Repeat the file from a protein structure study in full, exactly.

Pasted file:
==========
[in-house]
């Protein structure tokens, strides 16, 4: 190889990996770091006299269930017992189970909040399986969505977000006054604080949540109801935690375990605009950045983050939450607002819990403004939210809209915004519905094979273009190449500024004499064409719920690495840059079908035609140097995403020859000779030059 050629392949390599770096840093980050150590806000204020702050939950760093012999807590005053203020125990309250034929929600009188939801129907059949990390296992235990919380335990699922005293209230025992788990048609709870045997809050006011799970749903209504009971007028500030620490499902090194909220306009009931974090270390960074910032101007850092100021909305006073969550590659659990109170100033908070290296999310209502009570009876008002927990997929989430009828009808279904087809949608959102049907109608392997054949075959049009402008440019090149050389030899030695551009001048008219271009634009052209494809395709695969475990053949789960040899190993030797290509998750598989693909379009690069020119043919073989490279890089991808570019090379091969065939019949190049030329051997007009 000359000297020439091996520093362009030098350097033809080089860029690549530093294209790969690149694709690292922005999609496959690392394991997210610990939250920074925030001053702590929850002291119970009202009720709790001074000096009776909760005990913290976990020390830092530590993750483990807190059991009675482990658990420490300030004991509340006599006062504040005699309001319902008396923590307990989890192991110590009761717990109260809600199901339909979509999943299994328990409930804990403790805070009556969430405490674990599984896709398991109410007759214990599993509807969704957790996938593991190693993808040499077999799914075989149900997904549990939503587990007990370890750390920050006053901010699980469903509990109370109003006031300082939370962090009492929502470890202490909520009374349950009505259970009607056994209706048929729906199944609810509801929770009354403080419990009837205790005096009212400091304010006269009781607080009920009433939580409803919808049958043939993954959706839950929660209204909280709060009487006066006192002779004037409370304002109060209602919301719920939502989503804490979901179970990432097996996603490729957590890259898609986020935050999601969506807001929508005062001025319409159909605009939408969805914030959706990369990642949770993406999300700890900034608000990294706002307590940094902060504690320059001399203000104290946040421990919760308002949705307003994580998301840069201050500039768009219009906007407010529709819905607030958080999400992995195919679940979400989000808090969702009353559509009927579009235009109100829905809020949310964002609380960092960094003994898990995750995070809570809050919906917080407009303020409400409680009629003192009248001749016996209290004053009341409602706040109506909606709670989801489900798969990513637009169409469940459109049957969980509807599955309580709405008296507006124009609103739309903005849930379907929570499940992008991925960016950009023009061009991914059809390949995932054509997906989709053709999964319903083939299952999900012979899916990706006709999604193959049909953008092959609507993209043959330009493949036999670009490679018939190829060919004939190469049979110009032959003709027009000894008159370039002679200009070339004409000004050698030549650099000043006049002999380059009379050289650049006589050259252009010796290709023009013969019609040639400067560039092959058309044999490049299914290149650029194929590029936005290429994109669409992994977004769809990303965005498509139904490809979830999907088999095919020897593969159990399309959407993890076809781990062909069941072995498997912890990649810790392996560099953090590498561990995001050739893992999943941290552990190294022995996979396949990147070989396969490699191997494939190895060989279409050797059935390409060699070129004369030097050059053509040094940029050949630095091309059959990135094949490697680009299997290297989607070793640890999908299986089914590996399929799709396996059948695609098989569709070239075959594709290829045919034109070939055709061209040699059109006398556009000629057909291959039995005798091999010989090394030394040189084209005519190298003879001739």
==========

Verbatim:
[in-house]
């Protein structure tokens, strides 16, 4: 190889990996770091006299269930017992189970909040399986969505977000006054604080949540109801935690375990605009950045983050939450607002819990403004939210809209915004519905094979273009190449500024004499064409719920690495840059079908035609140097995403020859000779030059 050629392949390599770096840093980050150590806000204020702050939950760093012999807590005053203020125990309250034929929600009188939801129907059949990390296992235990919380335990699922005293209230025992788990048609709870045997809050006011799970749903209504009971007028500030620490499902090194909220306009009931974090270390960074910032101007850092100021909305006073969550590659659990109170100033908070290296999310209502009570009876008002927990997929989430009828009808279904087809949608959102049907109608392997054949075959049009402008440019090149050389030899030695551009001048008219271009634009052209494809395709695969475990053949789960040899190993030797290509998750598989693909379009690069020119043919073989490279890089991808570019090379091969065939019949190049030329051997007009 000359000297020439091996520093362009030098350097033809080089860029690549530093294209790969690149694709690292922005999609496959690392394991997210610990939250920074925030001053702590929850002291119970009202009720709790001074000096009776909760005990913290976990020390830092530590993750483990807190059991009675482990658990420490300030004991509340006599006062504040005699309001319902008396923590307990989890192991110590009761717990109260809600199901339909979509999943299994328990409930804990403790805070009556969430405490674990599984896709398991109410007759214990599993509807969704957790996938593991190693993808040499077999799914075989149900997904549990939503587990007990370890750390920050006053901010699980469903509990109370109003006031300082939370962090009492929502470890202490909520009374349950009505259970009607056994209706048929729906199944609810509801929770009354403080419990009837205790005096009212400091304010006269009781607080009920009433939580409803919808049958043939993954959706839950929660209204909280709060009487006066006192002779004037409370304002109060209602919301719920939502989503804490979901179970990432097996996603490729957590890259898609986020935050999601969506807001929508005062001025319409159909605009939408969805914030959706990369990642949770993406999300700890900034608000990294706002307590940094902060504690320059001399203000104290946040421990919760308002949705307003994580998301840069201050500039768009219009906007407010529709819905607030958080999400992995195919679940979400989000808090969702009353559509009927579009235009109100829905809020949310964002609380960092960094003994898990995750995070809570809050919906917080407009303020409400409680009629003192009248001749016996209290004053009341409602706040109506909606709670989801489900798969990513637009169409469940459109049957969980509807599955309580709405008296507006124009609103739309903005849930379907929570499940992008991925960016950009023009061009991914059809390949995932054509997906989709053709999964319903083939299952999900012979899916990706006709999604193959049909953008092959609507993209043959330009493949036999670009490679018939190829060919004939190469049979110009032959003709027009000894008159370039002679200009070339004409000004050698030549650099000043006049002999380059009379050289650049006589050259252009010796290709023009013969019609040639400067560039092959058309044999490049299914290149650029194929590029936005290429994109669409992994977004769809990303965005498509139904490809979830999907088999095919020897593969159990399309959407993890076809781990062909069941072995498997912890990649810790392996560099953090590498561990995001050739893992999943941290552990190294022995996979396949990147070989396969490699191997494939190895060989279409050797059935390409060699070129004369030097050059053509040094940029050949630095091309059959990135094949490697680009299997290297989607070793640890999908299986089914590996399929799709396996059948695609098989569709070239075959594709290829045919034109070939055709061209040699059109006398556009000629057909291959039995005798091999010989090394030394040189084209005519190298003879001739």